EDCI 506-01 So you want to be a teacher blog reflection week 1

 

Teachers and principals could likely take the data reports of teachers who bring about higher achievement with bad taste.  Teachers and principals may view these findings as inadequate to their specific school or students within their classroom. Teachers might think that higher achievement only means that standardize test scores are higher, and not taking into account the student as a whole, outside of standardize tests.  Not only is the data perhaps not showing all areas of a student – a problem on why principals may be reluctant to use the data- but it most definitely degrades the other teachers.  These teachers deemed as those who are not bringing higher achievement may believe, due to the data, that they are not good teachers, and no longer have the moral support so desperately needed in order to be a successful teacher. With these findings the Principal of the school may not want to share the results in order to keep the community of the teachers solid, rather than disrupt it with another critical report.

It also seems that man of the reluctant principals may not be willing to show the data reports because of the lack of “essential” data.  Principals and school administrators may believe that it is not the teachers who are making the students underachievers.  Instead the administrators may look to the “old notions about the causes of underachievement” (Haycock, 2000) which may place emphasis on family situation, income of the family, education of the parents and family, friends, and etc.  The reports may not include all of the pertinent data the administrators think also may affect the students learning and their goal for wanting to achieve more.   It would be better for the principal(s) to address the teachers after they have been supplied with the data report.  By letting the higher achievement teachers mentor the lower achieving teachers, in order to show them how they conduct their classroom and lesson, but to leave out the report as to not have low-esteem within the teachers.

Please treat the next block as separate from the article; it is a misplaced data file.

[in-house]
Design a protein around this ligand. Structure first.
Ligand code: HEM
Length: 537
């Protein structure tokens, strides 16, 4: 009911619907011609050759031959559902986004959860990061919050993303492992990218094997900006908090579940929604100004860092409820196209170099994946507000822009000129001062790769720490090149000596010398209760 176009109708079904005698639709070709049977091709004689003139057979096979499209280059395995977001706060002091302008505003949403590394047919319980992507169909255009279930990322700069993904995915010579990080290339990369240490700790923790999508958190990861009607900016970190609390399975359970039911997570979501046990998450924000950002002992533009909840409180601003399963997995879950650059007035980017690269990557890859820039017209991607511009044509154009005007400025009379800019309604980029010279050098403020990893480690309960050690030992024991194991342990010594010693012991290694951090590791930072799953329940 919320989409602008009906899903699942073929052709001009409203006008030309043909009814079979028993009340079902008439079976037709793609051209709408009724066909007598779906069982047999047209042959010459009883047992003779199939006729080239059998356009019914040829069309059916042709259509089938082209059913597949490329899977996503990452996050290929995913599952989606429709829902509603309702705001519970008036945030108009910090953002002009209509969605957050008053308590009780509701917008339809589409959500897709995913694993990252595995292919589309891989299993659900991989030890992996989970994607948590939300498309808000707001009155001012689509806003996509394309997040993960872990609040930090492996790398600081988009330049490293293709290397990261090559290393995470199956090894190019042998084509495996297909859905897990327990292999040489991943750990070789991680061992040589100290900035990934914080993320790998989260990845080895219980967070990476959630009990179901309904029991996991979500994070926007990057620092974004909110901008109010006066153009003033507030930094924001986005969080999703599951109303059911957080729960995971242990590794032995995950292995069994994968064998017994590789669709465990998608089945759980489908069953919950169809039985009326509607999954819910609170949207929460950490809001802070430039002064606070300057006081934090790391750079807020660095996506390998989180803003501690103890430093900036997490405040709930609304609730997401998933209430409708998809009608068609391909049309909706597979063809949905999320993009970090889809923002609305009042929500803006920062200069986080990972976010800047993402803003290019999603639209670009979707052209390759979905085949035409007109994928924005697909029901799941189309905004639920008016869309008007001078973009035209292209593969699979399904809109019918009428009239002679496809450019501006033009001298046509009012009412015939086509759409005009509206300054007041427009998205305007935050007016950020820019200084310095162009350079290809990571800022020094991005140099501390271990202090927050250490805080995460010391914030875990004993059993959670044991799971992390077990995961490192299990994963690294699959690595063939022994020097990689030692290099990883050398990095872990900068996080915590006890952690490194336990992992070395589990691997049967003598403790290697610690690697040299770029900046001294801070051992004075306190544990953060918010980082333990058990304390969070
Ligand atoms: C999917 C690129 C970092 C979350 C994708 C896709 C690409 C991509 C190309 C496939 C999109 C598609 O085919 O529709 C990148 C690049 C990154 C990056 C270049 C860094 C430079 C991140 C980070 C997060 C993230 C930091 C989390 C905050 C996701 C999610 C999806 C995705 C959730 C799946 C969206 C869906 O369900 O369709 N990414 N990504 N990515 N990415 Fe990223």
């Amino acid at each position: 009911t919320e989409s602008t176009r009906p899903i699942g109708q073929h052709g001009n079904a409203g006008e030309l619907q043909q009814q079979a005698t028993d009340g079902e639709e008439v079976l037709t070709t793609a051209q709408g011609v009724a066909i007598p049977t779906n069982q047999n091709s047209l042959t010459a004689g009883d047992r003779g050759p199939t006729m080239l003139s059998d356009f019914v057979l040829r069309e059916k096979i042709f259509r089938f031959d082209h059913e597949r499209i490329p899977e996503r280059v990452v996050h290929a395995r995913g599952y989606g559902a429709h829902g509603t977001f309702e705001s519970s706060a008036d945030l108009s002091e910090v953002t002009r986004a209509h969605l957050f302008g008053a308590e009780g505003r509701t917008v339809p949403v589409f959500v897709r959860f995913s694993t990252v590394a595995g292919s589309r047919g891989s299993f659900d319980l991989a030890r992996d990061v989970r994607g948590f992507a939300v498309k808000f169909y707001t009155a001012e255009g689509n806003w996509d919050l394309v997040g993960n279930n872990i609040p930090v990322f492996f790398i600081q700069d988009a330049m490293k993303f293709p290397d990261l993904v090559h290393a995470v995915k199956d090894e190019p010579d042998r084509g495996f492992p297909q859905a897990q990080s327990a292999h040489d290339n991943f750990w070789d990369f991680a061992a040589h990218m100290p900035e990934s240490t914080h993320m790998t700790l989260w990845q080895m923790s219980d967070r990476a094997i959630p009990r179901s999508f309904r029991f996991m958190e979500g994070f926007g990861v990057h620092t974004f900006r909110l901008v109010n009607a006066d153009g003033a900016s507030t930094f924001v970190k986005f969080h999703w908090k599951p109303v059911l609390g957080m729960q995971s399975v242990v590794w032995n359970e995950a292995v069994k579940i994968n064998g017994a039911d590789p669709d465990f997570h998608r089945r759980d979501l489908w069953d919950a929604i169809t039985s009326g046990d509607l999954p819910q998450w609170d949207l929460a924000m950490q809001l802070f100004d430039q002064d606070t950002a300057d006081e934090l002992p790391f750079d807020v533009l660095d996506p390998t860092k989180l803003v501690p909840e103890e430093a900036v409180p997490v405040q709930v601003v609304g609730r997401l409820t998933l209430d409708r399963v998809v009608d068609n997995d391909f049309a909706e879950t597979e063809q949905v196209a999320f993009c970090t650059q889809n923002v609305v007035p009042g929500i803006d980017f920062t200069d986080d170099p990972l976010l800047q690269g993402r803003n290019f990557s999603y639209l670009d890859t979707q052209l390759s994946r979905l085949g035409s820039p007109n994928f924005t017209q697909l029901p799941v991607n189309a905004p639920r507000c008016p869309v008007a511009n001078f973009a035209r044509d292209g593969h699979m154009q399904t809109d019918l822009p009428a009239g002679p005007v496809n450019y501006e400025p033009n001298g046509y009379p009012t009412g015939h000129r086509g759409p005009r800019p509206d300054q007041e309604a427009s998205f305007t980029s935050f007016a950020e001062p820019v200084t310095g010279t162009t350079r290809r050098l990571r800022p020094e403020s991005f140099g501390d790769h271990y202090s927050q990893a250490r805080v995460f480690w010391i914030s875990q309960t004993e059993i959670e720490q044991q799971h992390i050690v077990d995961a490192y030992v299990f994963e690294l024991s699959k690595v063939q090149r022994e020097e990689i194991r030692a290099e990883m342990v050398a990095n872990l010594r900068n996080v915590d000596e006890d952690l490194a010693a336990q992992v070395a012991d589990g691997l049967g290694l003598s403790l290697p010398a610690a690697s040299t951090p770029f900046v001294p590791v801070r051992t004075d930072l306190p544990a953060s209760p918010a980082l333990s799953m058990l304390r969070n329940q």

As a high school student I was not as interested in how my teacher mattered in helping me succeed. I believed that the teachers were there to help guide me in the right direction, but that my test scores and scholastic achievement were up to me.  I knew that the teachers were there to help me, but none of them said outright “Heather, I can help you achieve this”.  It was more as if I should have known that the teachers were there to help, but I should do it myself in order to look as if I understood the subject.  I do not believe that friends knew of this, or majority of the school.  It is not made as clear today, like in the video, that teachers do matter in how students’ lives turn out.  It seems as if more influence is place on friends, and family to how the students achieves.

Upon watching the video and reading the first chapter of “Foundations of Education” and our class discussion I think it is important that teachers are knowledgeable of their subject, have a strong community of new teachers and seasoned teachers, have a relationship with the administration, care about the students and are willing to show the students their potential, and to make sure the students know that the teacher is there to help in any way possible. I believe that teacher empowerment, (Ornstein, Levine, Gutek 2011) is a great idea that will really help teachers feel comfortable in dealing with situations and feel as if they have a community to look to for help.

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One Response to “EDCI 506-01 So you want to be a teacher blog reflection week 1”

  1. kevans3 says:

    I agree that principals do not want to share data results as a way of keeping the teaching community solid. As discussed in class, it is very important for teachers to have a support system, which could potentially be jeopardized, if poor data reports were shared with the school community.

    High school teachers do matter in the success of a student, they did in mine; unfortunately, I believe that in most school systems, students have varying opinions of what teachers actually mean to them, with many not viewing teachers as individuals who matter to their future successes.

    Indeed, teacher empowerment and community are vital components of successful teaching. As discussed in the reading and in class, the stresses of teaching can be reduced if teachers partake in support groups.